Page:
Puddles and Rock Stars

We all have role models in many areas of our life. For example my husband has a major man-crush on Chef Bobby Flay. He loves Bobby Flay and believes he himself should be in an outdoor kitchen cooking fifty dollar steaks on a grill bigger than our queen size bed. Bobby Flay is a definite foodie role model for him. As for me, I just shut up and count myself lucky to have a husband who drools over high end kitchen appliances and dreams of being a master of southwestern inspired cooking and all things grill related.

Our role models are generally rock stars, both literally and figuratively speaking, and hopefully we all have role models that are not just on the celebrity scene but that we know in everyday life. And if you are a Christian you likely have rock stars of the faith. These people seem to ooze with spiritual discipline and are rarely seen in church without their hands raised in worship. They are full of encouraging words and when these people say that they will pray for you, you know they actually do it. Also, at least 72% of their tweets and facebook updates are probably scripture verses. Serious spiritual rock stars.

Now I am taking this to the extreme, I sincerely hope that the people you look up to as role models in your spiritual walk are salt of the earth friends who are real with you. Who you can share a cup of coffee with, and if you stub your toe in front of them and release the inevitable eruption of choice and inappropriate words, they have no judgment. God is gracious, and toes are very tender.

However, one thing that I have learned recently about role models is that we as Christians tend to believe that we need to be in really healthy, marathon runner shape faith-wise to be the type of teachers and role models the church needs. This is a huge error on our part, the people of God need role models and references for all seasons, not just the shimmery summery ones.

I will throw myself in the mix, I have been climbing mountains lately. Most days have seemed like an uphill battle, and going to work and church where I am called to be a leader of students and peers has seemed like a joke to me. I kept my head low at church, and often tried very hard not to make eye contact with anyone. I didn’t want to set off the “not okay” alarm, even though when people asked me how I was I tried to answer with honestly or at least a vague answer like “eh” or “I’m alright.” I thought that I was in no shape to lead or model to anyone. I was a puddle on the floor, deeply hurt and searching for my bearings in the storm.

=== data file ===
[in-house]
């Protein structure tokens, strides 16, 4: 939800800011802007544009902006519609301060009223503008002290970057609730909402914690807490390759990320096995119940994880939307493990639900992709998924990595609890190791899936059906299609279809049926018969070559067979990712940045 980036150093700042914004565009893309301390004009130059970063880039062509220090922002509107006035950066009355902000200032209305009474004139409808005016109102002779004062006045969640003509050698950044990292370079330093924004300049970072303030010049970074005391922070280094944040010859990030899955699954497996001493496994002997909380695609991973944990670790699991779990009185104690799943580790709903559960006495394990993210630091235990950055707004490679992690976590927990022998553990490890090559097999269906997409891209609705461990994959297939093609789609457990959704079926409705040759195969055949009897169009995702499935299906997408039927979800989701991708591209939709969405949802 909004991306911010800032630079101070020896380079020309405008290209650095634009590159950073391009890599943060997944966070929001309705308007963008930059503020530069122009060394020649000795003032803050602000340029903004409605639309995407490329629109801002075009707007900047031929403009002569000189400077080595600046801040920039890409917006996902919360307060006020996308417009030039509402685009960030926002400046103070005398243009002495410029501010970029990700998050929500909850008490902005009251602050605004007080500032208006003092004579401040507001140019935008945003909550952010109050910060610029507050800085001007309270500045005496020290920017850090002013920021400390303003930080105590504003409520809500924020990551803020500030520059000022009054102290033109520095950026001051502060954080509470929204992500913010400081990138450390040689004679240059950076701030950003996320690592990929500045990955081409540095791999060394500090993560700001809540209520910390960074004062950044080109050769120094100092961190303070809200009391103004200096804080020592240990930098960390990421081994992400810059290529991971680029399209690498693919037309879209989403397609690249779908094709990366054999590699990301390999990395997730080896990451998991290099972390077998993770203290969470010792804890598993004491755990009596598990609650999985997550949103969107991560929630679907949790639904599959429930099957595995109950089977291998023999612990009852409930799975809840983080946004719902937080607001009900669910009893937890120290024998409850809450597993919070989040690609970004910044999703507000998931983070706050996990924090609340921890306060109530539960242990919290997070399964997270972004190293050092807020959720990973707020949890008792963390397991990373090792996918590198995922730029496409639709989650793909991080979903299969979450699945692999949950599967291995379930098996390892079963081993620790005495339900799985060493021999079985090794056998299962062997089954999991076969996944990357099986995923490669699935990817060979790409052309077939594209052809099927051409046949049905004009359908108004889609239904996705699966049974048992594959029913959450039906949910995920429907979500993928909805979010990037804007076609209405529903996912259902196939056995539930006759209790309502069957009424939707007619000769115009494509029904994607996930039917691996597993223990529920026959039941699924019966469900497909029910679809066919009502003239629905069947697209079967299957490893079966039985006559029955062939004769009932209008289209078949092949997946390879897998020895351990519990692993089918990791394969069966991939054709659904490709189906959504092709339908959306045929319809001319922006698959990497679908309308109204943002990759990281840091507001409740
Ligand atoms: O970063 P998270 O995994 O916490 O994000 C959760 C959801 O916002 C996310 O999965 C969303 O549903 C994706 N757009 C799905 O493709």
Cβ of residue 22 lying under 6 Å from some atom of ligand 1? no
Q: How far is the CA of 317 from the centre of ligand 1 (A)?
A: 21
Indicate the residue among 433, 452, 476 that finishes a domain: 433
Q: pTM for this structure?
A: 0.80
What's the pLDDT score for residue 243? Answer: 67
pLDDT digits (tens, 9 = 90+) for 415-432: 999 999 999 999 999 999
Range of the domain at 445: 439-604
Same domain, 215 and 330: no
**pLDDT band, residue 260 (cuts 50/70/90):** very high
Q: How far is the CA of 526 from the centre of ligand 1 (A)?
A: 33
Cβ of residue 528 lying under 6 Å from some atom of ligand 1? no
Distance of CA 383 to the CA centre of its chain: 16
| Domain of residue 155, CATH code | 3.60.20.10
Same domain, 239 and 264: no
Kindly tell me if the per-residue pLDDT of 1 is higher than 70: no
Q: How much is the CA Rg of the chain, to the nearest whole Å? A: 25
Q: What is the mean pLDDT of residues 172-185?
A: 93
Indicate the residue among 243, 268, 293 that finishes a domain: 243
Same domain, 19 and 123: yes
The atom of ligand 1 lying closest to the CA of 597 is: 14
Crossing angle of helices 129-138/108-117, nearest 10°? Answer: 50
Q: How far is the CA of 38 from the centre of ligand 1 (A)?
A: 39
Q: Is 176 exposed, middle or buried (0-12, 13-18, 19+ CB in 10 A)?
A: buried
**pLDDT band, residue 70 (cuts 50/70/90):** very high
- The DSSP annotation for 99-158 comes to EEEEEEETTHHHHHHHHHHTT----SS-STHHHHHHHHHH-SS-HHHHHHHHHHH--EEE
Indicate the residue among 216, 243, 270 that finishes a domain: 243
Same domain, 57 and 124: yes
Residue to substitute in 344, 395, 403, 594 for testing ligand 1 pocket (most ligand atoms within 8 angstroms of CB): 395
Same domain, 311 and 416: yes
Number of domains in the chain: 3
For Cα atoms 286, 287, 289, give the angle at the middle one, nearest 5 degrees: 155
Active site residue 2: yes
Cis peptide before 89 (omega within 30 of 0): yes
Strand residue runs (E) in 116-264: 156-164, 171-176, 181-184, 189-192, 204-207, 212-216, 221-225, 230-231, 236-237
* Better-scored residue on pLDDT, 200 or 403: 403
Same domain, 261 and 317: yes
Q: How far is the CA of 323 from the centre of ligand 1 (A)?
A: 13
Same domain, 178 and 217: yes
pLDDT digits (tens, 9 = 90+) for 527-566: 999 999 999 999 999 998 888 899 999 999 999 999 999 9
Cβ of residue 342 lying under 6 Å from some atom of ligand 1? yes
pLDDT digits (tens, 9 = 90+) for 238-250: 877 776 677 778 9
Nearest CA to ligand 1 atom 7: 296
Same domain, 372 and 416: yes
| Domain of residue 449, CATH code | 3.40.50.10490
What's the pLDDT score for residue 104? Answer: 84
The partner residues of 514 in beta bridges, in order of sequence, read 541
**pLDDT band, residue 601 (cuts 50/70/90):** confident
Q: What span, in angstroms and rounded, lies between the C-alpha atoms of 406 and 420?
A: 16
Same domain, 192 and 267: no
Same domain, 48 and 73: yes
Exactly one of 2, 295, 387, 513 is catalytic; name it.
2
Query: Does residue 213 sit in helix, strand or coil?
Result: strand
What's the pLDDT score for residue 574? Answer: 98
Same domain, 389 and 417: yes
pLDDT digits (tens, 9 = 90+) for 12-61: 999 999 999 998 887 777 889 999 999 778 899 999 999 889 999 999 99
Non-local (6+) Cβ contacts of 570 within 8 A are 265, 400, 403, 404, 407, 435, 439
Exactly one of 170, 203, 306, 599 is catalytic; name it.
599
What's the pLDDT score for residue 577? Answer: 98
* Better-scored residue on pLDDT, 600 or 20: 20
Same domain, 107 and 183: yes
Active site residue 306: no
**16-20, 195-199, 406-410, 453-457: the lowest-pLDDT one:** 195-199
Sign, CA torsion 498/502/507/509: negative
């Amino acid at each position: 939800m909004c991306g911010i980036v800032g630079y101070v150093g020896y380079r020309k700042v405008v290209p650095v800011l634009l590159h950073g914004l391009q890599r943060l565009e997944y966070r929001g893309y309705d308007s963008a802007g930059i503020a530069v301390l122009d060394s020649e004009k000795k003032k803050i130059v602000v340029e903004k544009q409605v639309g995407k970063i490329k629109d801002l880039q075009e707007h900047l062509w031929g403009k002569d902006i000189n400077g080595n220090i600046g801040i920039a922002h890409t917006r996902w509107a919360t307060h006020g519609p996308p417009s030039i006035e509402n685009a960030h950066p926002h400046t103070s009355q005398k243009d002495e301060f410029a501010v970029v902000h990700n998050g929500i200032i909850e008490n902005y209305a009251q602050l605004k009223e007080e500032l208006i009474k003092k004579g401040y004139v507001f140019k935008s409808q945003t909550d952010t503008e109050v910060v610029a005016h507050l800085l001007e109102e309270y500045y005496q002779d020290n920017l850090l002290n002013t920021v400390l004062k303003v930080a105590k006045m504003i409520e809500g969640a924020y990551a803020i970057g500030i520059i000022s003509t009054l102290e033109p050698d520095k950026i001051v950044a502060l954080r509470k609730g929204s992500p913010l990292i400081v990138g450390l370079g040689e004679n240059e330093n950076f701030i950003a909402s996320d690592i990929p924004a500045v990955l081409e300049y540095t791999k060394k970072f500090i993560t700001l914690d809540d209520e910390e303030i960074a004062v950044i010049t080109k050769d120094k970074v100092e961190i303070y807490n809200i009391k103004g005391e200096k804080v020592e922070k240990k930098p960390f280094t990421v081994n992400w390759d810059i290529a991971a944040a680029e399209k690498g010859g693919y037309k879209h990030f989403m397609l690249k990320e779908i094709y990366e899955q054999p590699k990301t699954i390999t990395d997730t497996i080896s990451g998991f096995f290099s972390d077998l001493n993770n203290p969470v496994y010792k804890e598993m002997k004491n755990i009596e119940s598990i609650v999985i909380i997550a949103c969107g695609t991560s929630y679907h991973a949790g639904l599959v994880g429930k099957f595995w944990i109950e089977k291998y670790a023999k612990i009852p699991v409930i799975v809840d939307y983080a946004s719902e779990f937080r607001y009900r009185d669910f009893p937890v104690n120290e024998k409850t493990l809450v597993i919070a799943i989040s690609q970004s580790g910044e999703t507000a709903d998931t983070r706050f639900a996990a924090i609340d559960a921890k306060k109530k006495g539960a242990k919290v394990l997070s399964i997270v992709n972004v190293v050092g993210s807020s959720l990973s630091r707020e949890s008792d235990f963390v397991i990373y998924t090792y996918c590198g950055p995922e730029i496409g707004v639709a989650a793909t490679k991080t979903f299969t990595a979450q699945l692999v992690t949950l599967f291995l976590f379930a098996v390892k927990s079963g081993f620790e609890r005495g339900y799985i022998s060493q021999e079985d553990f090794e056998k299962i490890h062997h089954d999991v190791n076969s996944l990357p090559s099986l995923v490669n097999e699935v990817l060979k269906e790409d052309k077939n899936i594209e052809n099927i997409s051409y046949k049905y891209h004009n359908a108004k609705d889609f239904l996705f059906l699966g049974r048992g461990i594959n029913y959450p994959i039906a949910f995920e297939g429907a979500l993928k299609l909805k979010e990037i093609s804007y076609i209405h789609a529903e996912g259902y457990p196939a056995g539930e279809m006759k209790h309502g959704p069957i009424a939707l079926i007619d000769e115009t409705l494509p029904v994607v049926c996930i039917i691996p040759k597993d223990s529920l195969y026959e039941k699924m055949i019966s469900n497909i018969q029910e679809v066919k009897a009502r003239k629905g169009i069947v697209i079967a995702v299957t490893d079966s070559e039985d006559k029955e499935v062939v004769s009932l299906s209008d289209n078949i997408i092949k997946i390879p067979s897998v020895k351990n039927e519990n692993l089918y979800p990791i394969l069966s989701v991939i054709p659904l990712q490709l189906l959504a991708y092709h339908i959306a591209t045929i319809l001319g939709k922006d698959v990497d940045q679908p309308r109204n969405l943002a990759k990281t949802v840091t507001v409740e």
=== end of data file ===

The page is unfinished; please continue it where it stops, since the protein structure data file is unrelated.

It took me a few months to realize something. There is a stigma among some that deep hurts should heal quickly. I’ve learned a lot of people feel truly uncomfortable with long term grieving because they haven’t been there and they want to believe that no matter what happens you can get over it in a few weeks. Lately, however, God has been teaching me that his people need to be modeling real life, yes even the messy parts. If the only role models we see are the ones who are in sunny stages of life, we leave people to navigate the stormy seasons from scratch, without the example of those who have gone before. God can use everything right? So this only leaves me to believe that he can and wants to use my current life stage to help other people too.

God wants to use pain as it is happening, not only after it has healed completely. The people who are watching you need to you to model what it looks like to cling to God like a life preserver. To not answer the “how are you?” question with “good” if that’s not where you are.You aren’t letting him use every season of your life if you hide away and pretend. I am not encouraging you to live in despair and depression forever when something hard happens in your life. But when tough seasons come, and you are still living for God when you are beat down, healing and trying to find your feet, it’s okay. We need to have people that are real with the fact that some things in life take a year or more to recover from. Psychologists will tell you that healthy grief takes a good solid year or more.

So next time you see someone at church who buried a parent, or a spouse and still cries in worship 7 months out, know that they are modeling what it looks like to truly be faithful and strong. They are crying, but they are there, they aren’t walking away or backing down from a fight. People who are honest about the hard parts of life shouldn’t make us squirm so much, but should give us hope that when we go through that, even though it will take a while, we can keep walking, keep singing, and keep showing up. God needs puddles and rock stars to round out his teaching roster.